Yesterday, the trial court in Martin County, Florida, let the infamous, anti-property-rights Martin County Commission members know that they can’t hide public emails behind private email addresses and think they will get away with it. One of those commission members—a former judge, of all things—failed to turn over emails regarding public matters to a property owner who requested them. The commissioner held the emails for years without turning them over, despite a legal requirement to do so.
The local court skewered the Martin County Commission in its order on the matter. The court’s words are more damning than anything PLF could write:
The newly discovered emails from a heretofore unrevealed private email account of Commissioner Scott are direct evidence of an unlawful refusal to disclose public records.
(emphasis added). And while unlawfully refusing to disclose public records, the Commission wasted tax payer money on litigation it could have avoided if it simply followed the law and respected private property rights, as enshrined in the U.S. and Florida Constitutions.
You can read the trial court’s entire order here. Because of the Commission’s failures, the trial court found it had no choice but to re-open the case, a case that was on appeal before the appeals court asked the trial court to consider this latest failing of the Martin County Commission.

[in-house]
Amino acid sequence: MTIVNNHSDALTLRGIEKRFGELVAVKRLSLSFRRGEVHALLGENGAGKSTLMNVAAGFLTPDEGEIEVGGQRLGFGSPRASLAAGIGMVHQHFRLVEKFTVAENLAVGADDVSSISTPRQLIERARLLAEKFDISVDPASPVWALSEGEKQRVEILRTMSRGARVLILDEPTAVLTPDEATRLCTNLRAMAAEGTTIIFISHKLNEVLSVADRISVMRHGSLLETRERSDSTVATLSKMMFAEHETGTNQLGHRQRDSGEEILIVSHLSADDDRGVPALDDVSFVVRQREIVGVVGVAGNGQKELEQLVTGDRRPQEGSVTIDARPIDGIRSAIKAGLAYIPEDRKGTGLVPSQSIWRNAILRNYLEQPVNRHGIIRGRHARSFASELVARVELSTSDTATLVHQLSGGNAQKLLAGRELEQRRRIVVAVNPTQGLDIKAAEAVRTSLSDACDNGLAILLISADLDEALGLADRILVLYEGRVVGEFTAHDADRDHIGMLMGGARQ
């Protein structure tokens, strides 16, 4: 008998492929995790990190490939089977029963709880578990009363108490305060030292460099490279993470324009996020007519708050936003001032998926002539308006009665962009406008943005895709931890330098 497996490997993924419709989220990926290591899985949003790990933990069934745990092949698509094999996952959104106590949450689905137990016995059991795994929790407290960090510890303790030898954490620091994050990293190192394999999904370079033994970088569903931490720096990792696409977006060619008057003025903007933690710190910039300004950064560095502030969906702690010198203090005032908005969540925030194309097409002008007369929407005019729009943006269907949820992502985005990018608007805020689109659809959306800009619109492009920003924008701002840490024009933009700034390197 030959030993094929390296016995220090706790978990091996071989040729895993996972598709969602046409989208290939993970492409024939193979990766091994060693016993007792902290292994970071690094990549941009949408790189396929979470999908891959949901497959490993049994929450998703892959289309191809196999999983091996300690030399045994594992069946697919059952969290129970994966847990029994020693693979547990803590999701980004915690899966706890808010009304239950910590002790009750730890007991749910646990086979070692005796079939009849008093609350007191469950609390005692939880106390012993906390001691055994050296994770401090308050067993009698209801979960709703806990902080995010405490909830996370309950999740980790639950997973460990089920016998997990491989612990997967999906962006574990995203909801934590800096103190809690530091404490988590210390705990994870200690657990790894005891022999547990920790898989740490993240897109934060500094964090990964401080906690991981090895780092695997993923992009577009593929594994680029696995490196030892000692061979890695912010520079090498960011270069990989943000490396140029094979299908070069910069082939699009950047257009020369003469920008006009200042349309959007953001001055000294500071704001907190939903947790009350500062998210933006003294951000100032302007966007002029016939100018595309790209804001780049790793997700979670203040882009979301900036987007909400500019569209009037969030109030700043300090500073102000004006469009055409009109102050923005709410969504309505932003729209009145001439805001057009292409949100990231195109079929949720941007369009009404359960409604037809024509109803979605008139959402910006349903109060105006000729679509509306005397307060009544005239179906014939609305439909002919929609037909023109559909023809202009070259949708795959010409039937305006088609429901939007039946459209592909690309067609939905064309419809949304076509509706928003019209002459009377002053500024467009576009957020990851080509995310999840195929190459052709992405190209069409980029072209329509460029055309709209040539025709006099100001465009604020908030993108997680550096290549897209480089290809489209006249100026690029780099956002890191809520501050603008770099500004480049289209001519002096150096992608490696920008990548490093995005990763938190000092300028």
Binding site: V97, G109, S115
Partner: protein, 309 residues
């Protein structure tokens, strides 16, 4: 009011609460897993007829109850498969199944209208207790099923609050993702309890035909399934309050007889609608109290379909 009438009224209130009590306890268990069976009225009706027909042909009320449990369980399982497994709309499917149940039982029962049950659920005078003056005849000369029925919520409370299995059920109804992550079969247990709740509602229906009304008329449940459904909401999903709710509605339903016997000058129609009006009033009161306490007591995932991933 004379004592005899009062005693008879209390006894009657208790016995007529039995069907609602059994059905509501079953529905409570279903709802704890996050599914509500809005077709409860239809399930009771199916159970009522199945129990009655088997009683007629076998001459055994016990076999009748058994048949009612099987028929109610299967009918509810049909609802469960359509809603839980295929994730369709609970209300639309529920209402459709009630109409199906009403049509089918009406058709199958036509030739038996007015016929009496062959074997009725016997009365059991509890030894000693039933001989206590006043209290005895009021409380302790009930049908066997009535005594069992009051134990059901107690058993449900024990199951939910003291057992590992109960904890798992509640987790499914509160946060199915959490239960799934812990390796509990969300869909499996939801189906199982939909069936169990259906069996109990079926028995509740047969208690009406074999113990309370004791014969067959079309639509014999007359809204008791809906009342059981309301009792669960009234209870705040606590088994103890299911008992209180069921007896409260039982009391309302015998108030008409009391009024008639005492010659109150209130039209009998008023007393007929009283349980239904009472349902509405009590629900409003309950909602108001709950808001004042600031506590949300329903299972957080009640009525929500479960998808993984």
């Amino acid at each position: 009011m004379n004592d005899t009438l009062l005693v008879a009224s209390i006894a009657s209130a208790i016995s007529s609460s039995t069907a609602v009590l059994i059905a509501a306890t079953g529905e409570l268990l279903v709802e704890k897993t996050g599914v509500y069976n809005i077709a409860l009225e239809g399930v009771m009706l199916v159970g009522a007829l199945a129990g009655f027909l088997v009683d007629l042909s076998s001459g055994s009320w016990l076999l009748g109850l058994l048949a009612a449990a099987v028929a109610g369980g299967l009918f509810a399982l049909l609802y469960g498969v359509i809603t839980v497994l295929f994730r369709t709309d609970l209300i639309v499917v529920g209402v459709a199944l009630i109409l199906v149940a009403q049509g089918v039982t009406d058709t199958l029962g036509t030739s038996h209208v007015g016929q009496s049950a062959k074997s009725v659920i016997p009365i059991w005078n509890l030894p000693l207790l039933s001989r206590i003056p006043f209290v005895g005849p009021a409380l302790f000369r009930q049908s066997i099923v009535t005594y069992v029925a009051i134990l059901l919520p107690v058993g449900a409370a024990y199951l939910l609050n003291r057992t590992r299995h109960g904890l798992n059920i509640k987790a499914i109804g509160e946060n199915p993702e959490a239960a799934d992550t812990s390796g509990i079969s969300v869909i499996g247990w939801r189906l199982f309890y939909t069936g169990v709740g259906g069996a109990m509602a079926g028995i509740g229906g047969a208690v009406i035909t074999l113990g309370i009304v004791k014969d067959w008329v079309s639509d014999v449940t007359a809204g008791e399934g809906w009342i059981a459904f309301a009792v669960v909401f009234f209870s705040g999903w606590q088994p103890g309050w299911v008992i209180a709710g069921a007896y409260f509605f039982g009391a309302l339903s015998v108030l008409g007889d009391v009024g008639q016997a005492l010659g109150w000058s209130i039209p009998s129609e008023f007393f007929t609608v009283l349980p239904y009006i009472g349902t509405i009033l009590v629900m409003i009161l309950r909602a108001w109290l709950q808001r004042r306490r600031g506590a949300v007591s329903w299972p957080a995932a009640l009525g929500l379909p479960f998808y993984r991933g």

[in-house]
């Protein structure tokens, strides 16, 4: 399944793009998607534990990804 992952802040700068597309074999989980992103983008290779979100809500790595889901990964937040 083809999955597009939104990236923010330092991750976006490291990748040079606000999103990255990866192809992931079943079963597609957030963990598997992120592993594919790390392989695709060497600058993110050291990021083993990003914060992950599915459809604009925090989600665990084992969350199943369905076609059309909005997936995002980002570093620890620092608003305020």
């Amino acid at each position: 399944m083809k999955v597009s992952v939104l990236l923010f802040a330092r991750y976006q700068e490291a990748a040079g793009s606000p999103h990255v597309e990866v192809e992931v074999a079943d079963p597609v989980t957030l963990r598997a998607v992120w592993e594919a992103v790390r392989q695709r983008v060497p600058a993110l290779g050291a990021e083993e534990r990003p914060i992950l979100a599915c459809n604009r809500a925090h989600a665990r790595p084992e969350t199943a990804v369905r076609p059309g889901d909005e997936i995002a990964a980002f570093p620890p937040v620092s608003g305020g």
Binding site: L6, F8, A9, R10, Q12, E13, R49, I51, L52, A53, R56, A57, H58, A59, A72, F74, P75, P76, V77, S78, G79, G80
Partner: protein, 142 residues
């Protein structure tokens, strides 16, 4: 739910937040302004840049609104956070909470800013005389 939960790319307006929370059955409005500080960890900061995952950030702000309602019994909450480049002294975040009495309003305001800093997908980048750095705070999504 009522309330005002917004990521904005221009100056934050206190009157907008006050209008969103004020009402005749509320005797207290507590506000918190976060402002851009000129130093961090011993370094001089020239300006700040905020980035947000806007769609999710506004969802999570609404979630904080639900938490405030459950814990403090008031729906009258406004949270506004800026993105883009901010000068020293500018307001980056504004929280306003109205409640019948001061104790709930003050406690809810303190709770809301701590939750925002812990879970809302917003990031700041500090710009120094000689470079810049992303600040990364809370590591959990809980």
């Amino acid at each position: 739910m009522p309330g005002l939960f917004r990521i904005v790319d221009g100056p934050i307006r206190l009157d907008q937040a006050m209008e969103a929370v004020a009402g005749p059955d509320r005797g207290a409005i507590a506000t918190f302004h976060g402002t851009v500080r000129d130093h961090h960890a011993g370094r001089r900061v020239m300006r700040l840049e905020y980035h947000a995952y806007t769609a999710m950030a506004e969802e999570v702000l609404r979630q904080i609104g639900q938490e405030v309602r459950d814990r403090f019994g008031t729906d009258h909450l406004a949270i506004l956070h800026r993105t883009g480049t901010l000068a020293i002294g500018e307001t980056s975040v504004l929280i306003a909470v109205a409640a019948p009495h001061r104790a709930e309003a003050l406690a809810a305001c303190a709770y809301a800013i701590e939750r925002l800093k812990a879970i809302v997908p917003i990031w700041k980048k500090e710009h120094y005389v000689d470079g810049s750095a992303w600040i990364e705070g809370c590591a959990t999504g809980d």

My PLF Atlantic Center colleague, Christina Martin, summarized the appeal a few weeks ago after submitting an amicus brief in support of the private property owners and open government. You can read her summary of the appeal here. Now that the trial judge has re-opened the case, that appeal has become moot. But nevertheless, Christina’s insights bear repeating:
Seemingly everyone values government transparency, but some government officials’ actions speak otherwise–and not just high-profile officials with presidential aspirations. Local governments, too, can undermine the accountability offered by public records laws by neglecting the duty to retain records. A lawsuit against Martin County, Florida, revealed that the County flouted its responsibility to retain and timely release access to public records.
And Christina’s coup-de-grace rings even more true now, in light of the Commission’s latest failures, than it did when she first wrote it:
Government should not be excused from its duties simply because it is inept.
Too bad for the Martin County Commission—because other than ineptitude, what excuse does it have?